1885 Sep 5 The 1st gasoline pump was delivered to a gasoline dealer in Ft. Wayne, Ind.
1910 Sep 5 Marie Curie demonstrated the transformation of radium ore to metal at the Academy of Sciences in France.
1914 Sep 5 The First Battle of the Marne began during World War I. The German First Army was led by Gen. Alexander von Kluck.
1921 Sep 5 Actress Virginia Rappe died in suite rooms (1219-1221) rented by film comedian Roscoe “Fatty” Arbuckle at the St. Francis Hotel in SF. Arbuckle was charged with her murder. In 1922 he was acquitted of a reduced charge of manslaughter, but his career was over. In 2004 Jerry Stahl authored the imaginary memoir “I, Fatty.” Evidence suggested that Rappe had died due to a botched abortion.
1933 Sep 5 In an uprising known as the “Revolt of the Sergeants,” Fulgencio Batista took over control of Cuba. Pres. Cespedes and his cabinet abandoned the Presidential palace the next day.
1942 Sep 5 British and US bombed Le Havre & Bremen.
1944 Sep 5 “Mad Tuesday” 65,000 Dutch Nazi collaborators fled to Germany.
1953 Sep 5 The 1st privately operated atomic reactor opened in Raleigh NC.
1958 Sep 5 The novel “Doctor Zhivago” by Russian author Boris Pasternak was published in the United States for the first time.
1960 Sep 5 Cassius Clay captured Olympic light heavyweight gold medal.
1977 Sep 5 The United States launched the Voyager 1 spacecraft two weeks after launching its twin, Voyager 2.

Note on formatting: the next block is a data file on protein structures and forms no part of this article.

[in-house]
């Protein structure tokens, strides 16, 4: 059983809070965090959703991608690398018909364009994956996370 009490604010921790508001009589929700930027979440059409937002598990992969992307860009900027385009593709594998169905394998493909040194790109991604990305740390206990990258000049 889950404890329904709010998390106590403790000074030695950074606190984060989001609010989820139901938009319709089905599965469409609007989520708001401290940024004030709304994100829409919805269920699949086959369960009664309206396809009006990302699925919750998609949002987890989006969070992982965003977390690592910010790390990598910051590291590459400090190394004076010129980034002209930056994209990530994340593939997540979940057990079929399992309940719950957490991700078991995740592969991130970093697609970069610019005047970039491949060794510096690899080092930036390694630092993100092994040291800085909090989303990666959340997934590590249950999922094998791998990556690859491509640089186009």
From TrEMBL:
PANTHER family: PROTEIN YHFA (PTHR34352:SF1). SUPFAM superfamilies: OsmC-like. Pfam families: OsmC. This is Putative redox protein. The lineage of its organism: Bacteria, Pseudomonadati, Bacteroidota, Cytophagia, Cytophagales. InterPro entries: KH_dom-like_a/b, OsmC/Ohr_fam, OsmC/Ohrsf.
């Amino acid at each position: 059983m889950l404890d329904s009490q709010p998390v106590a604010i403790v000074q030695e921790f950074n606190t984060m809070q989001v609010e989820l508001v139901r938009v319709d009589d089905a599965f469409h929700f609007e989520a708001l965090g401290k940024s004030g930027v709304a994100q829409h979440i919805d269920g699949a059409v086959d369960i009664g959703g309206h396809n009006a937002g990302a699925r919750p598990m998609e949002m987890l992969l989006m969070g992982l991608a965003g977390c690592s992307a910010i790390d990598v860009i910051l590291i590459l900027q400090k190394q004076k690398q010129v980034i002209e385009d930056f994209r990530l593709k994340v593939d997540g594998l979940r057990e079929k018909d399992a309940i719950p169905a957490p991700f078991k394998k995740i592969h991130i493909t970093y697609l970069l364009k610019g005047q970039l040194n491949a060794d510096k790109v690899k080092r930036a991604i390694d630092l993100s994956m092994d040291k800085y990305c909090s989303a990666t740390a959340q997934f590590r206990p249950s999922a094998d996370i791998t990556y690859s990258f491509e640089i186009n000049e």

1987 Sep 5 In his weekly radio address, President Reagan urged American workers to shun protectionist legislation and “meet the competition head-on.”
1988 Sep 5 On the campaign trail, Republican George Bush continued to link his opponent with “the liberal left,” while Democrat Michael Dukakis charged that under a GOP administration, “the rich have become richer, the poor have gotten poorer.”
1989 Sep 5 In his first nationally broadcast address from the White House, President Bush outlined a plan to fight illicit drugs, which he called the “quicksand of our entire society.”
1990 Sep 5 Iraqi President Saddam Hussein urged Arabs to rise up in a Holy War against the West and former allies who had turned against him.
1991 Sep 5 Jury selection began in Miami in the drug and racketeering trial of former Panamanian ruler Manuel Noriega.
1993 Sep 5 “Jelly’s Last Jam” closed at Virginia Theater NYC after 569 performances.
1995 Sep 5 O.J. Simpson jurors heard testimony that police detective Mark Fuhrman had uttered a racist slur, and advocated the killing of blacks.
1996 Sep 5 “Kinds of Minds” by Daniel C. Dennet ($20) and “Full House: The Spread of Excellence From Plato to Darwin” by Stephen Jay Gould ($25) were reviewed.
1997 Sep 5 In Arizona Sec. of State Jane Dee Hull assumed the role of governor, the 3rd current female governor in the US after Christine Todd Whitman of New Jersey and Jeanne Shaheen of New Hampshire.
1999 Sep 5 Allen Funt, founder of “Candid Camera” and the father of “reality” television, died in Pebble Beach at 84.